As for the story itself, the spotlight of A Feast for Crows is placed rather differently than its predecessors. Entire story lines, characters, and regions of the world will go nearly untouched throughout this entire book. While this is made up for in the sequel (which is at least partially a parallel narrative), some readers may become bored with their favorite characters being thrown to the wayside. Still, the story lines this book chooses to follow are interesting, well-written, and add to the tapestry of interwoven plots that make the series so interesting to read.
Ultimately, if you've already read the first three books of a Song of Ice and Fire, you're unlikely to be deterred by A Feast for Crows. While Dotrice's performance is inconsistent with previous entries, the quality of that performance is no less admirable. And while the focus of the story differs from its predecessors, you will still likely find yourself involved with the happenings of Westeros.
A Song of Ice and Fire is my "most favorite" Audible series (member for over 10 years), but I was actually disappointed in this audio book. For the m..Show More »ost part, it was probably the narration by Roy Dotrice that ruined it for me. Mr. Dotrice did a superb job narrating previous books and I remember being very upset that he stopped narrating the more recent ones. So, I was thrilled to see that he had been brought back for this book. Unfortunately, he was just not up to the task. I had to listen very carefully when a chapter started to know who the characters were because each chapter had a nearly identical set of "voices".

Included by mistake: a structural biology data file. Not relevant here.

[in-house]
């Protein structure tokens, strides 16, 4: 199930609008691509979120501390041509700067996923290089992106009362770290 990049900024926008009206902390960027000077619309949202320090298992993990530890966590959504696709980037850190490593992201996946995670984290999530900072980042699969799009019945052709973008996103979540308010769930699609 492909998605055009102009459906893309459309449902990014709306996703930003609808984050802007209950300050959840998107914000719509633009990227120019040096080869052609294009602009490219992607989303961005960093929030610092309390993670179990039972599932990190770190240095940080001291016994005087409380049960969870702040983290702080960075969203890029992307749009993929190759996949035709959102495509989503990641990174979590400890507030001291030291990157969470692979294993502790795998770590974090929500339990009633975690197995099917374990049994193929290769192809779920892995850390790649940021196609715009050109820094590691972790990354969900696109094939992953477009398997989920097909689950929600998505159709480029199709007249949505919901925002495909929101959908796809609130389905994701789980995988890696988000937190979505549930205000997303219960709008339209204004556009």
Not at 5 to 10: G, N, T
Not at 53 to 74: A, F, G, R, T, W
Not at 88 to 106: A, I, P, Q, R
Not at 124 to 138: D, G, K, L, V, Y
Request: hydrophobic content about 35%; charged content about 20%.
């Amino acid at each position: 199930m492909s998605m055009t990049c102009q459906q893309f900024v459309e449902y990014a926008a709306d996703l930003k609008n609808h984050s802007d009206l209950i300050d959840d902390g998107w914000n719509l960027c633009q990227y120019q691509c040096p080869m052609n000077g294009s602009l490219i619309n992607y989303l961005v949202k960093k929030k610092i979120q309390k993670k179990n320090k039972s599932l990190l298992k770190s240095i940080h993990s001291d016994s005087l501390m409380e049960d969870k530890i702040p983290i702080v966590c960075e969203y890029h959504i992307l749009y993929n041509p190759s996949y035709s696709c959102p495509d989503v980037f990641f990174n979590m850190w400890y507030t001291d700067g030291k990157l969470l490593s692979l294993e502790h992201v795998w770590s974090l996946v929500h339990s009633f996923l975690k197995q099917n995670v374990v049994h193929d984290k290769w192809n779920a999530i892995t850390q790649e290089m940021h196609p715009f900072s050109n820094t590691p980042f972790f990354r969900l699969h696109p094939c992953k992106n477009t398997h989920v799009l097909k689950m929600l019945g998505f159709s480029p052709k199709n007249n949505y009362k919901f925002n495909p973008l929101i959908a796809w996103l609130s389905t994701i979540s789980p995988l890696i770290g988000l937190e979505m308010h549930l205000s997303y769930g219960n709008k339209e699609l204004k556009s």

Daenerys (young dragon queen), was probably the worst voiced character. She has a prominent role in this book, which made her voice all the more disappointing. Instead of sounding like the most beautiful queen in the realm, she sounded like an old hag. In fact, nearly all the females sounded old and haggy. Nearly all the knights sounded the same as well. But, at least you could always pick out any male from house Lannister because they all sounded like Tyrion :)
I am not trying to be mean here since I love the series and loved Roy Dotrice in the previous books he narrated. I will have to say that George Martin went a little overboard with the number of characters in this book and perhaps that had something to do with the narration problems. Also, this book did not have nearly the action and pacing of the previous books. I find this is typical with writers who are trying to "tie up" all the loose ends in a series or just trying to do a good job of bringing things to a logical conclusion. Then the last part of the last book is so full of action and pace that you can't put it down and find yourself wishing the writer had done a better job of spacing the pacing (so to speak).